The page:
I’m sure readers out there already know how Mysteries and Thrillers are a little bit like cousins. Different, but sharing some DNA. I tend to read (and write) more on the Thriller side of the family tree. I don’t have anything against a well-crafted mystery, I just gravitate more to the action and structure of a Thriller.
All of that above is a key reason I found Interference by Brad Parks so interesting. It was positioned as a thriller, and from the description seemed right up my alley, so I dove right in. It is, in many ways, a thriller – but the story and structure lean more heavily into the Mystery side of things than I usually read, so I got a little bit of the “best of both worlds” while also getting a bit of a look under the hood at how mysteries work.
I really enjoyed the book for the most part. I thought the plot was interesting with some cool science/tech elements that were well done. At its heart though, is a story with some investigation, red herrings, and crime. It’s heavier on the investigation and lighter on the action than what I usually associate with the genre, but there’s still the “immediate tension” feel the genre provides.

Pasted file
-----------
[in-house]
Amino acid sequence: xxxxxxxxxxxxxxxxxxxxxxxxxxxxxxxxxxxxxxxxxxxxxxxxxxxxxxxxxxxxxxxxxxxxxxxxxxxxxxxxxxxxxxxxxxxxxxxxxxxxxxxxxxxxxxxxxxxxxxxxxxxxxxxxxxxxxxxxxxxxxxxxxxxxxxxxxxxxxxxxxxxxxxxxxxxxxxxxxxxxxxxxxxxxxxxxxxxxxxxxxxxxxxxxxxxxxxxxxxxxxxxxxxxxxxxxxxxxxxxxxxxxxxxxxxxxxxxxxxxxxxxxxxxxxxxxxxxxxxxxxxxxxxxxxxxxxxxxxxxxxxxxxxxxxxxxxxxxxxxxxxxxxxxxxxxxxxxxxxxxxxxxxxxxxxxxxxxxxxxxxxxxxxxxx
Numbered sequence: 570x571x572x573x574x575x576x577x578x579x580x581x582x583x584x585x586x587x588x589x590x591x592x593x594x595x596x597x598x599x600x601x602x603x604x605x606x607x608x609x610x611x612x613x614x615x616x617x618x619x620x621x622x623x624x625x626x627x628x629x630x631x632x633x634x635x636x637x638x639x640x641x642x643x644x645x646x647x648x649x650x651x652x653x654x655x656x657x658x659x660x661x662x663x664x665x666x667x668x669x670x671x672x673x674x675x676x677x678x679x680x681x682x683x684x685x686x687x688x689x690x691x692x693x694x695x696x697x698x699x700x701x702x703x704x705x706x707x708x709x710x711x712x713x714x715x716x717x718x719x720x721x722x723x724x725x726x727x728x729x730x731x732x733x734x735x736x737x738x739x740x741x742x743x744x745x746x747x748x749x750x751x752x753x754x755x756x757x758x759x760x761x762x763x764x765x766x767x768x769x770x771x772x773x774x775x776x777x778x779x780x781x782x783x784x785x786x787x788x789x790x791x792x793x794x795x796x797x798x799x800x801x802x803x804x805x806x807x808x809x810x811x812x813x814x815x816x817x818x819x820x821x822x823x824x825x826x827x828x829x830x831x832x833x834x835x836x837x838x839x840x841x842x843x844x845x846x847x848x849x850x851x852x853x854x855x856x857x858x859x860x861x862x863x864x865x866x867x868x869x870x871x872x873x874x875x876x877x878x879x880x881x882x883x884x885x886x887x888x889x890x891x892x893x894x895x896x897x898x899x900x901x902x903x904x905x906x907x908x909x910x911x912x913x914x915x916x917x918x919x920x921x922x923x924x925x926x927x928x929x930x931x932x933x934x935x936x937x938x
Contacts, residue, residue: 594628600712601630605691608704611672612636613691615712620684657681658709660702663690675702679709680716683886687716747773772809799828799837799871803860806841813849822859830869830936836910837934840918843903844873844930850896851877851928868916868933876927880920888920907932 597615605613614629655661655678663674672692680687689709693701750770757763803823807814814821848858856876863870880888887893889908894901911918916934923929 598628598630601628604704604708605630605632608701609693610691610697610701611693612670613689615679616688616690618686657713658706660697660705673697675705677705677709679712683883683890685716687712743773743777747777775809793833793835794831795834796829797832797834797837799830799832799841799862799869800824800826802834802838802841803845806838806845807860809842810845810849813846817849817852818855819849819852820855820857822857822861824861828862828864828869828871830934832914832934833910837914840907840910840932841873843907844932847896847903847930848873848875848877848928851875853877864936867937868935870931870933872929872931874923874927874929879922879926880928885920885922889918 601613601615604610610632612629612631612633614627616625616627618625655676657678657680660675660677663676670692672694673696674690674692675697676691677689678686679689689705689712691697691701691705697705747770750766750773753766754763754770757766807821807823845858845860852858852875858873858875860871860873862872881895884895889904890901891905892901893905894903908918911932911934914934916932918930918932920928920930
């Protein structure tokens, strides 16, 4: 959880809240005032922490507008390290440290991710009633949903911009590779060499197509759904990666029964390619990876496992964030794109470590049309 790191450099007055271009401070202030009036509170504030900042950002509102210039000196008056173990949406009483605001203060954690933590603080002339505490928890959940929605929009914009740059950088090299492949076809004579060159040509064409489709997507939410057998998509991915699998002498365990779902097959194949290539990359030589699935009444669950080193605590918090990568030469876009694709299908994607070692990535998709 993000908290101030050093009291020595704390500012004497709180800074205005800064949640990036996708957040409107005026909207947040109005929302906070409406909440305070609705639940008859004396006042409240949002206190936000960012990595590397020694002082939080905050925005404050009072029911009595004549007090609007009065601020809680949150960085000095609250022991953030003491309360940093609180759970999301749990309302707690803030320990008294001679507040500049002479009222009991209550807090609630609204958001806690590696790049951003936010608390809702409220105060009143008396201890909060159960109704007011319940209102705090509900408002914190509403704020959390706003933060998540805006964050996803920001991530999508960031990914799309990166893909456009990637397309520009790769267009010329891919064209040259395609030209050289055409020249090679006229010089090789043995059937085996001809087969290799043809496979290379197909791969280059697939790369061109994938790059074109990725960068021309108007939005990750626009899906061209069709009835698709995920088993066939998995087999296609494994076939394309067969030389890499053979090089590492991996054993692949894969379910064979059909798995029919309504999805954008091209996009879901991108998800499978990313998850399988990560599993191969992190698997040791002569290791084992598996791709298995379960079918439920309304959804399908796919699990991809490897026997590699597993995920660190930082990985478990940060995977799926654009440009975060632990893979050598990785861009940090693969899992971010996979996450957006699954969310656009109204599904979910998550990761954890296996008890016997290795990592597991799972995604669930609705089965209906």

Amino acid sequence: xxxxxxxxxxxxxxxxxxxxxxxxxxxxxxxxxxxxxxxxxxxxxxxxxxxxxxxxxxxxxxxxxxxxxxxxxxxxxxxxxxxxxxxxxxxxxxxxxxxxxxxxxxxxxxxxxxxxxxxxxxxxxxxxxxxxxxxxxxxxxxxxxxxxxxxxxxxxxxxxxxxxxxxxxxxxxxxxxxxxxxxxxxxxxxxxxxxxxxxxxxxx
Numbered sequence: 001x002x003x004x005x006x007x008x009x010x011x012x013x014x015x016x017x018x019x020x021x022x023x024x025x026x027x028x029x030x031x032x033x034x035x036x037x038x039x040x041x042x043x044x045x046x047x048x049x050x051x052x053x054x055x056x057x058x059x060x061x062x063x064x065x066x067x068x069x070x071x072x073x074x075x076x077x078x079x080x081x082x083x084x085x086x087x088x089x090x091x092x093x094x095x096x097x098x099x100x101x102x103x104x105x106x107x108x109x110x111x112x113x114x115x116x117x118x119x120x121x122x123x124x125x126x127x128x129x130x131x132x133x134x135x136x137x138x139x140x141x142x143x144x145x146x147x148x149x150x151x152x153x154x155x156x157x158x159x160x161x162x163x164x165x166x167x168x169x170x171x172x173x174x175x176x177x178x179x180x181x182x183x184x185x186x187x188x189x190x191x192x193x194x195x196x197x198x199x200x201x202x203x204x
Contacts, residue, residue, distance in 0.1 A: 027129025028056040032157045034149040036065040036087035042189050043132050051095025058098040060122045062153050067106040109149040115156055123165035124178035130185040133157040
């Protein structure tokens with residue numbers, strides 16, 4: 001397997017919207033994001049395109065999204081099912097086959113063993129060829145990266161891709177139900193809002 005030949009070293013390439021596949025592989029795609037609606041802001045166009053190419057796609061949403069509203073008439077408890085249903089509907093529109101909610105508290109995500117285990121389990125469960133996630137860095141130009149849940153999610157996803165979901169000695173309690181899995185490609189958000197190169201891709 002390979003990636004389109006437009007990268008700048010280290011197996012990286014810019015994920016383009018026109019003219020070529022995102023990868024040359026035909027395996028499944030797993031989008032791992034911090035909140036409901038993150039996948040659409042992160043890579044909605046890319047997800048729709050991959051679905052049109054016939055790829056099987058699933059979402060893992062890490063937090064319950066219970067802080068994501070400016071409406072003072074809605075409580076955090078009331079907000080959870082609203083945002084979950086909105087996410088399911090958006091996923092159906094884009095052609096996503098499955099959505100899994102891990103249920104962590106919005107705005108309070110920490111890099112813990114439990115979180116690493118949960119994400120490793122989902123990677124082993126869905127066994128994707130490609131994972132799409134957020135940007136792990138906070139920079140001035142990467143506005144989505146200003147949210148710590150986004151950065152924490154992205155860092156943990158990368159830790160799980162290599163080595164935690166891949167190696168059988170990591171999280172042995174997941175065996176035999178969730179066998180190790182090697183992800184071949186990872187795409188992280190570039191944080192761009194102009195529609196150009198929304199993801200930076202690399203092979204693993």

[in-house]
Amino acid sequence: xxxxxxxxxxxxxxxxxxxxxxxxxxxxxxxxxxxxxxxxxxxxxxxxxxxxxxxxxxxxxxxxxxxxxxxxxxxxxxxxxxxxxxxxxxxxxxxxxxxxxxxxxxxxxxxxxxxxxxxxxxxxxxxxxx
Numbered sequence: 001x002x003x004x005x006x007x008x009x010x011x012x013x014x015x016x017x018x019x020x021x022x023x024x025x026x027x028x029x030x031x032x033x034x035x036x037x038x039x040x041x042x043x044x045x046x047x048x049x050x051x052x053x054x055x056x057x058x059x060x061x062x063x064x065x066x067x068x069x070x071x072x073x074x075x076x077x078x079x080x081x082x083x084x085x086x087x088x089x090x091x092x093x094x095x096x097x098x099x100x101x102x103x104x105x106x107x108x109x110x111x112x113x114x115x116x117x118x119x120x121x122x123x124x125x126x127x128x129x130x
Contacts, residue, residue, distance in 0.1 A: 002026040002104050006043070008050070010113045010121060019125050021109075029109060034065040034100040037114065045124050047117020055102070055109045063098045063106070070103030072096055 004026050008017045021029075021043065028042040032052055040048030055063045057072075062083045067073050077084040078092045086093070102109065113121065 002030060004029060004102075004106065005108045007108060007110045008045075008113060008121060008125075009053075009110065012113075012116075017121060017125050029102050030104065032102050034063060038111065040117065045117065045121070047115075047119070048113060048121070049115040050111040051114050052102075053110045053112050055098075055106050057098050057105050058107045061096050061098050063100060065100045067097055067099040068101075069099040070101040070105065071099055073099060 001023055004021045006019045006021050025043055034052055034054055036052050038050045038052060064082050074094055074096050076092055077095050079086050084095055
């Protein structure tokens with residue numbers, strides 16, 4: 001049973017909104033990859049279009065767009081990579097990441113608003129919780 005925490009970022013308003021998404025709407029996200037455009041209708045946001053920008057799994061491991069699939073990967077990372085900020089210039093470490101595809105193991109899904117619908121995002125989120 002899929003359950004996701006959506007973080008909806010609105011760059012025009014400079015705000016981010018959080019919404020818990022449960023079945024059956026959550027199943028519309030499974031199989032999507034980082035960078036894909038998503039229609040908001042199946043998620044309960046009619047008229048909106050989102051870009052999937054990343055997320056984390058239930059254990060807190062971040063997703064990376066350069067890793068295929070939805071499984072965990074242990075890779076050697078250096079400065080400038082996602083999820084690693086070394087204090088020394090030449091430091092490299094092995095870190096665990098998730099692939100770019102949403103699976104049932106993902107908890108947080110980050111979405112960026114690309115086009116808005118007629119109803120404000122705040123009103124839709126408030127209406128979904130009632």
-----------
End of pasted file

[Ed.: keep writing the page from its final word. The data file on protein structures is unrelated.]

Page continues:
Structurally, what I found really interesting is how Brad Park handled perspectives. It’s the first book in my own recent history that successfully mixes 1st and 3rd person perspectives. The story has several POV characters, but interestingly, instead of sticking to 3rd person for the full cast, Brad Park selected one to present in 1st. The transitions are handled well, it’s noticeable, but not jarring. As a writer, I find this kind of experimentation really interesting – and it’s great to see an example where it pays off.
As with any book, nothing is perfect. I thought the ending – while satisfying – felt a little rushed, with one character making a turn I didn’t entirely feel they earned. However, since I haven’t read as many mysteries as other thrillers, the ending pace may actually be on-target for that audience, so take the minor criticism (and it is minor – the ending does, absolutely, work) with a pretty sizable serving of salt.
Overall though, I really enjoyed the story. If you’re a mystery fan looking for something a little more intense or a thriller fan looking to dip your toes in a more mystery-focused book, you’ll be well served by Inference.
This book was the first I had the pleasure of reading from Brad, but I will certainly be on the lookout for more titles from him.